round 15% of unsuccessful benefits claimants have gone hungry because they can’t afford food, according to new research from Salford University.
The UK report showed 290,000 people unsuccessfully tried to claim benefits during the first Covid-19 lockdown, most of them professionals.
As a result, around 4% are now using food banks and 28% cannot afford daily fresh fruit and vegetables.
Funded by the Health Foundation, the report, ‘At the edge of the safety net: Unsuccessful benefits claims at the start of the COVID-19 pandemic’ also found the financial pressures were accompanied by high levels of mental ill-health problems. High anxiety levels were reported by around 60% of unsuccessful claimants com-pared to 45.5% in the wider population.
The study highlights the UK’s focus on providing benefits as a safety net to ensure the basics, rather than helping people who are struggling, even if they are not in danger of destitution.
Most of the unsuccessful claimants were considered ineligible because their partner earned too much or the household had too much in savings.
“Little attention has been paid to unsuccessful claimants, yet some are acutely deprived”
The fairness of this has been called into question because workers placed on furlough (officially the Job Retention Scheme) received at least 80% of prior earnings up to a ceiling, irrespective of their other income or savings.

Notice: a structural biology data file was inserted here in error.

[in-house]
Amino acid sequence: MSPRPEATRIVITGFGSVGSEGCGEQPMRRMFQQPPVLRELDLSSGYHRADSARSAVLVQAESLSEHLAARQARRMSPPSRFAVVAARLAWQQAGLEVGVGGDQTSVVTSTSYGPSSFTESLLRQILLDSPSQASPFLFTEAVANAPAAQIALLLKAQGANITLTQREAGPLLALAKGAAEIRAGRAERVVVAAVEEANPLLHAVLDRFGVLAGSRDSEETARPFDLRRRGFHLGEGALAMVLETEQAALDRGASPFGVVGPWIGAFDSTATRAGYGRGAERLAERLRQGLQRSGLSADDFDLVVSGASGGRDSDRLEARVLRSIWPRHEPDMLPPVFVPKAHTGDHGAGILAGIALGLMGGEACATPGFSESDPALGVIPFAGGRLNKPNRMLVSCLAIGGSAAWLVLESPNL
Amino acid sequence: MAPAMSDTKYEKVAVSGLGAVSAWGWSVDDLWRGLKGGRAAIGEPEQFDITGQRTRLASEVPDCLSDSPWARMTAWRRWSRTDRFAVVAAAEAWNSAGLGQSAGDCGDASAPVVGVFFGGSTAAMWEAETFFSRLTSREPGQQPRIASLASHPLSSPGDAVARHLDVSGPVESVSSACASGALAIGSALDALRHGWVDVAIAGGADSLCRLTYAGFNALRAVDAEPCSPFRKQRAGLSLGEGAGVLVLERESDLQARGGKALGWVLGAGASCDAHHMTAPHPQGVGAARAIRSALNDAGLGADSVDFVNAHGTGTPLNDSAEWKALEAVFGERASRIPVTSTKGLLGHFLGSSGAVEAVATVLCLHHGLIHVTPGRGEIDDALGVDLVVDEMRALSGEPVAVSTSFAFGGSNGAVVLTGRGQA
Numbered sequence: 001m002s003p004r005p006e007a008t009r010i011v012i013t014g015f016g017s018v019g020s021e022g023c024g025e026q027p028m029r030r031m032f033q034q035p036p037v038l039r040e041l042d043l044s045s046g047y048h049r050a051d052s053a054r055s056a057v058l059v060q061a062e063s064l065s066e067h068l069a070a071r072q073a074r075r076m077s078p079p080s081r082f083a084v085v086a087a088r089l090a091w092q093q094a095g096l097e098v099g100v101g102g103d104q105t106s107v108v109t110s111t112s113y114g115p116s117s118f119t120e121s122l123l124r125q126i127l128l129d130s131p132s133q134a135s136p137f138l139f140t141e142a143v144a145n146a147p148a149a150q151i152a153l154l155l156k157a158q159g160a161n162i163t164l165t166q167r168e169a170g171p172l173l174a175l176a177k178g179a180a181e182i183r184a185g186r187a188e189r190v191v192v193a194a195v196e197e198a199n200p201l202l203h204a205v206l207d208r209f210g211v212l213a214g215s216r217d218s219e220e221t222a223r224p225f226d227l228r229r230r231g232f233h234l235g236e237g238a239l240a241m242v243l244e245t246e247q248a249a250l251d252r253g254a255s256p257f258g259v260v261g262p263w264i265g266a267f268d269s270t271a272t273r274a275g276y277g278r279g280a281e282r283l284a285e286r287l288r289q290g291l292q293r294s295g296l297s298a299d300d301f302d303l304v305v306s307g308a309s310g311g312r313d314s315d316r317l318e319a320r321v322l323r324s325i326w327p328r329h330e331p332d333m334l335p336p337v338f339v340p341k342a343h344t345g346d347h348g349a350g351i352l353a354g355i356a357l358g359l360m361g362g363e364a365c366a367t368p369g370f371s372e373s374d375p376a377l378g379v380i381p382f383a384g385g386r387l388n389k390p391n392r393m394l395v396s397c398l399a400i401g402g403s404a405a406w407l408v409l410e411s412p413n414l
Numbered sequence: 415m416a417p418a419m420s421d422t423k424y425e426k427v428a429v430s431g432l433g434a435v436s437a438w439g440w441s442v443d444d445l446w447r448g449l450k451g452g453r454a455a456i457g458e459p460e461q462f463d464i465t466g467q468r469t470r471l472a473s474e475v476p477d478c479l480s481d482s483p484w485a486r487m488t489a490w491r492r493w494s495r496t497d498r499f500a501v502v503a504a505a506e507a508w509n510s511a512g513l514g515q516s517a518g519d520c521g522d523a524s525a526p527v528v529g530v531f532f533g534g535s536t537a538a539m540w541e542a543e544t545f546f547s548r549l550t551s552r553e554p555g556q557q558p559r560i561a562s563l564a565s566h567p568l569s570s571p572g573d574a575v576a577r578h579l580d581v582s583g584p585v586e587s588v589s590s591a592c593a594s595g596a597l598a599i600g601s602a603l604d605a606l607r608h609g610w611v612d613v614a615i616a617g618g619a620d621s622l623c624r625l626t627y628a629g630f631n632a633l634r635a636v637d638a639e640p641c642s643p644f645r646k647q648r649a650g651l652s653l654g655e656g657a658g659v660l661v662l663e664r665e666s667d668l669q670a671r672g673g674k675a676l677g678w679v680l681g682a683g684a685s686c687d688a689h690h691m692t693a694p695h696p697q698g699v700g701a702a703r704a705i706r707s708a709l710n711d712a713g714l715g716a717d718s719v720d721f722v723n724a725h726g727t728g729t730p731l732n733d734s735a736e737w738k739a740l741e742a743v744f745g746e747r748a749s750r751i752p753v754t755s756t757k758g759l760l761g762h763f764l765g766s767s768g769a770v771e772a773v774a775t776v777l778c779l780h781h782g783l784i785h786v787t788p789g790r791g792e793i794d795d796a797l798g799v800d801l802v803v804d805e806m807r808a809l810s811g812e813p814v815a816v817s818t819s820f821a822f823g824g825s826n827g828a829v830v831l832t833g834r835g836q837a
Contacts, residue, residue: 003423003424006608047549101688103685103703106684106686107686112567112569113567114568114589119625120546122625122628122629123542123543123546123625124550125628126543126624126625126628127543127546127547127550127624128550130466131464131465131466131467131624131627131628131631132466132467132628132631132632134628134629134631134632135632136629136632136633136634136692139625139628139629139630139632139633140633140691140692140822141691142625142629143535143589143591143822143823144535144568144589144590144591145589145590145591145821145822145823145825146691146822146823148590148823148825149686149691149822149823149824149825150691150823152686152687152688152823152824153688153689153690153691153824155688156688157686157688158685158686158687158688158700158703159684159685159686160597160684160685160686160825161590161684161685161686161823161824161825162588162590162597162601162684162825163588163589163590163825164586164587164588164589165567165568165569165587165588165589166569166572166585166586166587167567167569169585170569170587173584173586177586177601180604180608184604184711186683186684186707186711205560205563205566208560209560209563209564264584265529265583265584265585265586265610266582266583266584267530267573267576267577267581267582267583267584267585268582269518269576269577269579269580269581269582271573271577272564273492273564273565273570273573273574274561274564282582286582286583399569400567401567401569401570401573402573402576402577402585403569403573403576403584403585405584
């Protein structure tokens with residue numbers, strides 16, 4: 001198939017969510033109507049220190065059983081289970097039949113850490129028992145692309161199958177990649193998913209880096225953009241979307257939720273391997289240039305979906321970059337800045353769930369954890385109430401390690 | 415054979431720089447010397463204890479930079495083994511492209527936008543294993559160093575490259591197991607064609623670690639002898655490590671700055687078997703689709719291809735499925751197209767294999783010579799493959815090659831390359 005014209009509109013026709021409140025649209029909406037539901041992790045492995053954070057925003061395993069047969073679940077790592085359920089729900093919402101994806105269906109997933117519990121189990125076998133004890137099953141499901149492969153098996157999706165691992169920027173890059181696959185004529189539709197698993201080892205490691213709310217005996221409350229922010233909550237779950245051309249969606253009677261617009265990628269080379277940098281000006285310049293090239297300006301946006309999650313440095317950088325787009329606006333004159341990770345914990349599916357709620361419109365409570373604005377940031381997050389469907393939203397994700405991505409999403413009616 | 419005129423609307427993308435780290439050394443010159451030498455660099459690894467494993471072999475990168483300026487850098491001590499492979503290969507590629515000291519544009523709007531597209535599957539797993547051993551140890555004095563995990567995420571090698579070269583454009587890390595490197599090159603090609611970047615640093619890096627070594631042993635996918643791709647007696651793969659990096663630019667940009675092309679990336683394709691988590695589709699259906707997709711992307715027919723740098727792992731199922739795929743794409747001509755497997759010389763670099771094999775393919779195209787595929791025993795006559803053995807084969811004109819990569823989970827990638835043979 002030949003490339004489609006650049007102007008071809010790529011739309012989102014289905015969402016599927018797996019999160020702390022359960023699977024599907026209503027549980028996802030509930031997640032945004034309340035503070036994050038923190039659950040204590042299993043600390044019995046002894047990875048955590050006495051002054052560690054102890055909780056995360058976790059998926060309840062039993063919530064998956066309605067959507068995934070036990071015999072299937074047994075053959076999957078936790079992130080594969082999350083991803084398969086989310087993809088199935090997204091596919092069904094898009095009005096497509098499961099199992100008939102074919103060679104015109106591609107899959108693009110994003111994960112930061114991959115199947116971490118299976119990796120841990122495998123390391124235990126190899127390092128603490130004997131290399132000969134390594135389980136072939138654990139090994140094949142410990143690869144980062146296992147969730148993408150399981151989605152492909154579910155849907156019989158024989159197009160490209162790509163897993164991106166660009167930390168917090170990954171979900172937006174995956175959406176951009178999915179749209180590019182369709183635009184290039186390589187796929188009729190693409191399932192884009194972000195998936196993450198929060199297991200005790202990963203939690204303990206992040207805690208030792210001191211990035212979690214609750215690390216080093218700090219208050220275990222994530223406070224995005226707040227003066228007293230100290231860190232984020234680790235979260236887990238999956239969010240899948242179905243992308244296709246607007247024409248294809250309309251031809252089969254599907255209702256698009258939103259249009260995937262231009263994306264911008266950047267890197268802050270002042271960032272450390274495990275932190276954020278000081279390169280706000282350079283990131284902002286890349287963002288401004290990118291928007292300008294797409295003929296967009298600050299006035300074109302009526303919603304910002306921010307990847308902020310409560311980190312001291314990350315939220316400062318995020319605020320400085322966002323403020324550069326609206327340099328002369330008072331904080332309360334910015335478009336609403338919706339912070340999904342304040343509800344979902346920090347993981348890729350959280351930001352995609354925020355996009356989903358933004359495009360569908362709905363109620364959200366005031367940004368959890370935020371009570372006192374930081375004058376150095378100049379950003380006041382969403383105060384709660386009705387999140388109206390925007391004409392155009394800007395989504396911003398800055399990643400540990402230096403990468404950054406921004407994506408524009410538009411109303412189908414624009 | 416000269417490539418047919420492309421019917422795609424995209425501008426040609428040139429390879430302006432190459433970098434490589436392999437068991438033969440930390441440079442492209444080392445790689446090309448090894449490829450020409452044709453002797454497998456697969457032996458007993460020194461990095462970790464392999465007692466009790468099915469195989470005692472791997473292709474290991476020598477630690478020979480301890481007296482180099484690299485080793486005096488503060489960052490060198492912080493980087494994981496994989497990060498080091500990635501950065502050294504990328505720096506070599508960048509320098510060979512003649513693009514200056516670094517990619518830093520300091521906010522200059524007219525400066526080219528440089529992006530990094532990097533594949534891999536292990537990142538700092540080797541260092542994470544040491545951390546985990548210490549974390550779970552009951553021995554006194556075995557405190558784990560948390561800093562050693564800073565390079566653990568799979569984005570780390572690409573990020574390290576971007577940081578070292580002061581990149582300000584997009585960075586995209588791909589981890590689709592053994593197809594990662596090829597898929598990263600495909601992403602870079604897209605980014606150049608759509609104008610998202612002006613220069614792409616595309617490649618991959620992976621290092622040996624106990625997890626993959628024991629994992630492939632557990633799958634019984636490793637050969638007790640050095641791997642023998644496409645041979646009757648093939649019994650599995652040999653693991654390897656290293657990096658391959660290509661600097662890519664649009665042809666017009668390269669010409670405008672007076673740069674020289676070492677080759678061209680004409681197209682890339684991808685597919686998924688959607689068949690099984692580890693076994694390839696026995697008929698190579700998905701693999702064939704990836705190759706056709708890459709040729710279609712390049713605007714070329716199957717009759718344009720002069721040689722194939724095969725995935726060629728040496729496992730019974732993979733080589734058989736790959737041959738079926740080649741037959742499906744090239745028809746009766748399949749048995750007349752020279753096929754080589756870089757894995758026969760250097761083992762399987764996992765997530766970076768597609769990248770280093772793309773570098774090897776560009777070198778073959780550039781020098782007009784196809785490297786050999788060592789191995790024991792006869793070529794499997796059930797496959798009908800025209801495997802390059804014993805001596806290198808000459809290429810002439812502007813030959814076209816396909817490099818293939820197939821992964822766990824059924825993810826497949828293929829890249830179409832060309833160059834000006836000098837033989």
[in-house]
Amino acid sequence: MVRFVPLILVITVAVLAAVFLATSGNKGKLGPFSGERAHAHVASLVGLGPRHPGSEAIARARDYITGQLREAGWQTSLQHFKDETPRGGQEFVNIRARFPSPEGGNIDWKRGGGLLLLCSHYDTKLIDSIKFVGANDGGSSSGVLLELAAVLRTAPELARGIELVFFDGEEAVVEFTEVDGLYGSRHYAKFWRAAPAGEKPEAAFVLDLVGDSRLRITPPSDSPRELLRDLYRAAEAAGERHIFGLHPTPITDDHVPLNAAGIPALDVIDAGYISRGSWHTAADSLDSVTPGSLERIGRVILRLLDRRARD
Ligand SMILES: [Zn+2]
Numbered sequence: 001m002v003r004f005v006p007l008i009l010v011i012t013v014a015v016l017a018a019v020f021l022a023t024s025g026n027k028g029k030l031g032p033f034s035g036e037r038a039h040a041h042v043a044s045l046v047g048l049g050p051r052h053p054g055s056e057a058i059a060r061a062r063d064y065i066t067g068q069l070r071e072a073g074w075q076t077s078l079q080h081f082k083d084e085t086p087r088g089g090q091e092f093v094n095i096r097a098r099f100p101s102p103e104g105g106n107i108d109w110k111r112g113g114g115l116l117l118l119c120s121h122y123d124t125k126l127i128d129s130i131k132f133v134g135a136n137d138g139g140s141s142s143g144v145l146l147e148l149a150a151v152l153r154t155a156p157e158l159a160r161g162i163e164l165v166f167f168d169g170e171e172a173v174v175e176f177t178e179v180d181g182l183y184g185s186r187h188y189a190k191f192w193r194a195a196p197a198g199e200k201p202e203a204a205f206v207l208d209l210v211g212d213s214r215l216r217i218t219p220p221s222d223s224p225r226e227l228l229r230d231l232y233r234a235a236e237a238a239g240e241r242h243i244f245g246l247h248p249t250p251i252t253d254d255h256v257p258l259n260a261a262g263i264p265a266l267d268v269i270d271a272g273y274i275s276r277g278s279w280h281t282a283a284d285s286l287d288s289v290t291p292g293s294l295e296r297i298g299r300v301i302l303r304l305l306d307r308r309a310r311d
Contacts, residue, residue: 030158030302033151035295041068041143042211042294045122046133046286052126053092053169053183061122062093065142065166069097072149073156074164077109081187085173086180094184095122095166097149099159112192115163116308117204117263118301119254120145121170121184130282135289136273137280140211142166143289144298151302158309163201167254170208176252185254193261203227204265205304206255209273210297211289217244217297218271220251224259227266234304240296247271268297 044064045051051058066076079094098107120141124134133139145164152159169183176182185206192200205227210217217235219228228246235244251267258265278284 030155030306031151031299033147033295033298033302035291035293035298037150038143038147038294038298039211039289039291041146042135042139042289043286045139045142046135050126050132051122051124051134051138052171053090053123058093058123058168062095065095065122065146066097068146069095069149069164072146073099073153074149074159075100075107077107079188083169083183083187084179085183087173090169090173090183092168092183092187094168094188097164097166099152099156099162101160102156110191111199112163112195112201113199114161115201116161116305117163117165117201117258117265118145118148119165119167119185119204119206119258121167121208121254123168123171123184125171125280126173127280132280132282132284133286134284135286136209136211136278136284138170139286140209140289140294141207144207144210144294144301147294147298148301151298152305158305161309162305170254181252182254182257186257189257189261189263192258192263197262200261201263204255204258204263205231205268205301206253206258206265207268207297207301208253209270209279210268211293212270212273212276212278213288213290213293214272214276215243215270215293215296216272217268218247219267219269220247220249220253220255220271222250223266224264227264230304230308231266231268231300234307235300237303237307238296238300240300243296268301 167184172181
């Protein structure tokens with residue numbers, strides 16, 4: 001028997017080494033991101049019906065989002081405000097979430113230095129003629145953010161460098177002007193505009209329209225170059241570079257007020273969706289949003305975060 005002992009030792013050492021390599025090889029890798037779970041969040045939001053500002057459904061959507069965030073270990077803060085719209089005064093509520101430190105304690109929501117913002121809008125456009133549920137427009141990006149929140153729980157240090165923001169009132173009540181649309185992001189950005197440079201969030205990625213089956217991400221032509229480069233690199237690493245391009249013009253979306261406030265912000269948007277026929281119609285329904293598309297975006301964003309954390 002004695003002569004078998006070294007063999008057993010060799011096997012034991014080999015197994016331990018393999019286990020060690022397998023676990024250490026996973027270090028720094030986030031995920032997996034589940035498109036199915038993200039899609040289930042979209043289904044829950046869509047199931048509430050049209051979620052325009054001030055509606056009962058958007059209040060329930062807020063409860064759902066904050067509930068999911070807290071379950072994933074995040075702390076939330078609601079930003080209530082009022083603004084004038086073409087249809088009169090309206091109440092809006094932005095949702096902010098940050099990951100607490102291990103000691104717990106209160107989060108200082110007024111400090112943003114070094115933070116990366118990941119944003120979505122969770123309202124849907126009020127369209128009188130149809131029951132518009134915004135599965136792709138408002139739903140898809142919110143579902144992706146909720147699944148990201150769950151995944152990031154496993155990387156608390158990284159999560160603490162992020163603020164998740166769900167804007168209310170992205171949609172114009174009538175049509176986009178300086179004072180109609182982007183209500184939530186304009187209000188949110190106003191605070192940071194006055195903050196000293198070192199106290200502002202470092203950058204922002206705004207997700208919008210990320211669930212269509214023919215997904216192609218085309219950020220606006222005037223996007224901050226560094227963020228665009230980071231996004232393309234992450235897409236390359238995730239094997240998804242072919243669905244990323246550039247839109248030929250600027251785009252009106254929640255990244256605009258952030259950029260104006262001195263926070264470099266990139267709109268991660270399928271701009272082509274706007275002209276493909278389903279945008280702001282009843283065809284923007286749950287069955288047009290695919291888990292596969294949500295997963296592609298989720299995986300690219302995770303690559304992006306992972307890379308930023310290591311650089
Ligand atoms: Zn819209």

Those not eligible for furlough received flat-rate and comparably less generous Universal Credit – and this was not available to those with significant other income or savings above £16,000.
Dr Ben Baumberg Geiger, lead author of the report and a Senior Lecturer at the University of Kent, said, “Little attention has been paid to unsuccessful claimants during the Covid-19 pandemic. Yet they are often under considerable financial strain and have poor mental health, and some are more acutely deprived.
“While fundamental decisions about the benefits system require complex trade-offs, policymakers should think about whether the eligibility criteria for benefits could be changed so that it could help a greater number of those who are struggling financially.”
Some organisations have called for wealth testing to be temporarily changed or removed during Covid-19.